Joe Smith – Major League Pitcher, LA Angels
After watching Huntington’s disease (HD), take my grandma’s independence and quality of life, and now seeing my mom affected by many of the same symptoms, I feel a strong sense of urgency to do my part to fight this disease.
My mother, Lee Smith, is 56 years old. She was diagnosed with HD in February 2012. Prior to Beginning in 2012, we saw symptoms of nervousness, coughing spasms, mind racing and deteriorating motor skills, making it harder for her to speak and move smoothly. Her symptoms continue to progress since her diagnosis. This was a very difficult and sobering experience for my family, as we had watched my grandma experience similar symptoms caused by HD. My sister and I had watched our grandma suffer through the latter stages of HD and saw her lose her ability to drive, take a shower, get dressed, prepare meals. Eventually she was unable to even enjoy a simple walk on a beautiful summer day.
When my mom’s test results came back, it was hard for her to accept her new reality of living with HD. She had devoted so much of her life to caring for her mother as she struggled with the disease, and the diagnosis was a harsh blow for all of us, particularly my mother. The first few months were difficult for my mother and she struggled to cope with the fact that she had inherited this terrible disease for which there is currently no cure. She had to confront the fact that her life would change… and change fast. Our family and close friends came to comfort her and the support from them was overwhelming. Everyone was willing to help.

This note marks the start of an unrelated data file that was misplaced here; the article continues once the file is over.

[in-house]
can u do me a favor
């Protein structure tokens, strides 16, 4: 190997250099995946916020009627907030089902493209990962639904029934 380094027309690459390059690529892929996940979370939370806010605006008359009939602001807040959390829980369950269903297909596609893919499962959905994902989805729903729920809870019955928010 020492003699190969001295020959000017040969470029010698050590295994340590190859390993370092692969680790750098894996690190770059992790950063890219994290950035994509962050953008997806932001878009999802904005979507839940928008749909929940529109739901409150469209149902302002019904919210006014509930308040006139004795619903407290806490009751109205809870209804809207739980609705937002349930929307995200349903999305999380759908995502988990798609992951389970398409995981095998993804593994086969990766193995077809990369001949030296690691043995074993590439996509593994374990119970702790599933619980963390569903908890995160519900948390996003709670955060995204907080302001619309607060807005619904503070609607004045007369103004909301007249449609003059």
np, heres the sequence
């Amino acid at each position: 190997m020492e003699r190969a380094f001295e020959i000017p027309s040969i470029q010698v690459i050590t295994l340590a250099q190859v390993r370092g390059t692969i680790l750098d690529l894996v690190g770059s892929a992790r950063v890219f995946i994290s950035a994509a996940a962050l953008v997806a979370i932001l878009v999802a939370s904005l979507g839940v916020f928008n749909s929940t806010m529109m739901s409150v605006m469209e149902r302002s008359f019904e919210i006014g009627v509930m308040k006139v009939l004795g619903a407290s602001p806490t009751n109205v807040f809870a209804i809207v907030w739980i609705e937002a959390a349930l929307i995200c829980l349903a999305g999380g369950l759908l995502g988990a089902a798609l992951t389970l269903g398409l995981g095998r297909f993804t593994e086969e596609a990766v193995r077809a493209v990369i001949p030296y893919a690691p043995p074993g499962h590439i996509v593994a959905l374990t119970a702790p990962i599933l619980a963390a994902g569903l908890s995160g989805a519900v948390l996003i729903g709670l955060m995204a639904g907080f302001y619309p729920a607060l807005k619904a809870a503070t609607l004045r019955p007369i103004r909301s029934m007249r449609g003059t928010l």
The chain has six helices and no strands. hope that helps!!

My mother visited numerous doctors and received many opinions and options. Finding the right combination and dosage of medications proved challenging and led to a variety of complications: making her sleep 12 or 13 hours; simple walks would wear her out; medicines would chap her whole lip area and face. It took about 2 years to get her on the right medications and refine the dosages. Even with the help of the best medications available, my mother has to live with the cruel symptoms of HD; memory loss, difficulty with daily tasks, trouble responding in conversation, and slowing motor skills. My mom has been stoic and courageous and simply wants to be there for us as a parent and grandparent.
My sister and I have a 50/50 chance of inheriting Huntington’s disease. We will deal with that when it comes along.
Right now, we are committed to saving our mother and other parents, siblings and friends. Many organizations are searching for cures and we hope that many of the promising studies will produce results in the future. However, for my mom and many others currently living with HD, this may come too late. We are committed to finding ways to improve the quality of life for those living with HD and mitigate the harsh symptoms. That is why my wife, Allie LaForce, and I reached out to the HDSA Center of Excellence Cleveland Clinic and Dr. Mayur Pandya to discuss ways to enhance the quality of life for HD victims.